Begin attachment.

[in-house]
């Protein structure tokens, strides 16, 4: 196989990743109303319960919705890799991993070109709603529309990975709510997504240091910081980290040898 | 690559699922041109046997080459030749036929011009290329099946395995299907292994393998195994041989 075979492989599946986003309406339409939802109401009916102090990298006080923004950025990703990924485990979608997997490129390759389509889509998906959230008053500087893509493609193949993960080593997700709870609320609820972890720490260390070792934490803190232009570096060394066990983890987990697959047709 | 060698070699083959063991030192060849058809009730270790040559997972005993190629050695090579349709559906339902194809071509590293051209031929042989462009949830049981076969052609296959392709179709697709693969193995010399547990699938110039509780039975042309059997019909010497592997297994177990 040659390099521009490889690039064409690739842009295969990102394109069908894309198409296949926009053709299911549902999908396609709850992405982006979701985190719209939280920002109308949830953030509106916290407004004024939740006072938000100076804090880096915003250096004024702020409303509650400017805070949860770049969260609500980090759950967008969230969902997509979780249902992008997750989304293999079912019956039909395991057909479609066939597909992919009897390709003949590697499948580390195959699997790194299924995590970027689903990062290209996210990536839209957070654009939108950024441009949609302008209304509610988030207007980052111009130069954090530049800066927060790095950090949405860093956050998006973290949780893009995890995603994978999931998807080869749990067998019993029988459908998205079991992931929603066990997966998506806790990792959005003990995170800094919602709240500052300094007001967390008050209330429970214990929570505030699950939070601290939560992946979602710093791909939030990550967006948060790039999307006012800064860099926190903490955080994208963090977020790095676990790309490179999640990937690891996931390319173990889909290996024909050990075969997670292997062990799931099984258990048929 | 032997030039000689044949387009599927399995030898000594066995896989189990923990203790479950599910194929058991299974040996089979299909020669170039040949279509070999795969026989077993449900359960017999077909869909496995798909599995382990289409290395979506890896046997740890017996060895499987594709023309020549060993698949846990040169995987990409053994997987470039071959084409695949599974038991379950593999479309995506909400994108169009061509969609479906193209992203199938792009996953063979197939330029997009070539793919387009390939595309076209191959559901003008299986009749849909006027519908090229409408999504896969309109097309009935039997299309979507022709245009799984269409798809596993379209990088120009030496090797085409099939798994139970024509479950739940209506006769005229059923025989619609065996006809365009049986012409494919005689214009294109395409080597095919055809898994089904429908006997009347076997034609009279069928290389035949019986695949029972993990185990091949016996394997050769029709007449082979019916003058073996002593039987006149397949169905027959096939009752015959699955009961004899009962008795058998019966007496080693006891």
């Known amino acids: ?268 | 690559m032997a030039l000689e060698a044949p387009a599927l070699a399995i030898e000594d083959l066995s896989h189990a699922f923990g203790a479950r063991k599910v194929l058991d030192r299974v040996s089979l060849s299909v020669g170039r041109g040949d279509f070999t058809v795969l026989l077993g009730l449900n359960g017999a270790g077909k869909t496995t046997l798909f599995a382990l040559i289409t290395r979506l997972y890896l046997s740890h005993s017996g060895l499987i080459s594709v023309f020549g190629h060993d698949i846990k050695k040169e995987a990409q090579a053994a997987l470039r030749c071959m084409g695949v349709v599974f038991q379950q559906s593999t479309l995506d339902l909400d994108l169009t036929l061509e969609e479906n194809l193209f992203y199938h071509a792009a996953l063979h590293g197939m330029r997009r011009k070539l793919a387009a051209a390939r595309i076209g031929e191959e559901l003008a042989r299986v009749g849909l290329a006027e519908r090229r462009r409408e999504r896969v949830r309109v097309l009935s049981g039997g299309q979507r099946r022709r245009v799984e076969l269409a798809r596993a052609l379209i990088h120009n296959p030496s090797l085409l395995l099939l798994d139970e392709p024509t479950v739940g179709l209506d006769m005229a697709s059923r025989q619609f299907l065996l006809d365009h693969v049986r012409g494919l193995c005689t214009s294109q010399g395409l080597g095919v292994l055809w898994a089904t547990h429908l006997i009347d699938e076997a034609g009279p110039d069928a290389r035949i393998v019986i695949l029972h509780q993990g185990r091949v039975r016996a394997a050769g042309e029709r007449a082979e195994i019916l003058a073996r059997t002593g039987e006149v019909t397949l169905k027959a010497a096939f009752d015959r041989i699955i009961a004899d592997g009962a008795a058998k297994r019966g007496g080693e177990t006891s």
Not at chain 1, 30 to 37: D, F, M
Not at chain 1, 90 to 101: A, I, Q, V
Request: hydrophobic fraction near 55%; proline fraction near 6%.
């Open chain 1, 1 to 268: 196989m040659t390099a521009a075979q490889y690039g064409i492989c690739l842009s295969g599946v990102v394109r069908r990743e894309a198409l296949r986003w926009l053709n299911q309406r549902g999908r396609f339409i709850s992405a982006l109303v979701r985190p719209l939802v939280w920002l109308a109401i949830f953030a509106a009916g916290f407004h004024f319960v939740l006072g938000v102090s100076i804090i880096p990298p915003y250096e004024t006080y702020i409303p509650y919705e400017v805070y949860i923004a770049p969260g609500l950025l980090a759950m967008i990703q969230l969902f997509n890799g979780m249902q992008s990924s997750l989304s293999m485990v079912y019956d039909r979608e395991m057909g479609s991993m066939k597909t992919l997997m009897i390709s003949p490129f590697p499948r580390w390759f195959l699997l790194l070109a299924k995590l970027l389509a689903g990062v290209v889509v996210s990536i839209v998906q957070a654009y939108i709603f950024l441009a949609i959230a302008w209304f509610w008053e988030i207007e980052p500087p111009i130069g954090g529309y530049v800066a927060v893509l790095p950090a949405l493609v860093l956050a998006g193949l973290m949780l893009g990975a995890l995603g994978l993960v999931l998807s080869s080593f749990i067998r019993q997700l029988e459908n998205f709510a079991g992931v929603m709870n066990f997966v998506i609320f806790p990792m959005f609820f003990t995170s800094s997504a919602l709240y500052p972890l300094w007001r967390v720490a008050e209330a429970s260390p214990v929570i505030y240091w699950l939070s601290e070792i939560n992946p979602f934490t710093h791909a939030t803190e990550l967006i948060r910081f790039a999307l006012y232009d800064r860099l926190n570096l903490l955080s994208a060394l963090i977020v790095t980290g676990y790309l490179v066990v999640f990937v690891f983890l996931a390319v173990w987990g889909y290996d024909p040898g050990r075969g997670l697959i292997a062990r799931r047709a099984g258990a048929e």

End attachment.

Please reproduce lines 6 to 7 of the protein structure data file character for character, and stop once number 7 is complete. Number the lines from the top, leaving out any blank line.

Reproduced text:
Request: hydrophobic fraction near 55%; proline fraction near 6%.
């Open chain 1, 1 to 268: 196989m040659t390099a521009a075979q490889y690039g064409i492989c690739l842009s295969g599946v990102v394109r069908r990743e894309a198409l296949r986003w926009l053709n299911q309406r549902g999908r396609f339409i709850s992405a982006l109303v979701r985190p719209l939802v939280w920002l109308a109401i949830f953030a509106a009916g916290f407004h004024f319960v939740l006072g938000v102090s100076i804090i880096p990298p915003y250096e004024t006080y702020i409303p509650y919705e400017v805070y949860i923004a770049p969260g609500l950025l980090a759950m967008i990703q969230l969902f997509n890799g979780m249902q992008s990924s997750l989304s293999m485990v079912y019956d039909r979608e395991m057909g479609s991993m066939k597909t992919l997997m009897i390709s003949p490129f590697p499948r580390w390759f195959l699997l790194l070109a299924k995590l970027l389509a689903g990062v290209v889509v996210s990536i839209v998906q957070a654009y939108i709603f950024l441009a949609i959230a302008w209304f509610w008053e988030i207007e980052p500087p111009i130069g954090g529309y530049v800066a927060v893509l790095p950090a949405l493609v860093l956050a998006g193949l973290m949780l893009g990975a995890l995603g994978l993960v999931l998807s080869s080593f749990i067998r019993q997700l029988e459908n998205f709510a079991g992931v929603m709870n066990f997966v998506i609320f806790p990792m959005f609820f003990t995170s800094s997504a919602l709240y500052p972890l300094w007001r967390v720490a008050e209330a429970s260390p214990v929570i505030y240091w699950l939070s601290e070792i939560n992946p979602f934490t710093h791909a939030t803190e990550l967006i948060r910081f790039a999307l006012y232009d800064r860099l926190n570096l903490l955080s994208a060394l963090i977020v790095t980290g676990y790309l490179v066990v999640f990937v690891f983890l996931a390319v173990w987990g889909y290996d024909p040898g050990r075969g997670l697959i292997a062990r799931r047709a099984g258990a048929e």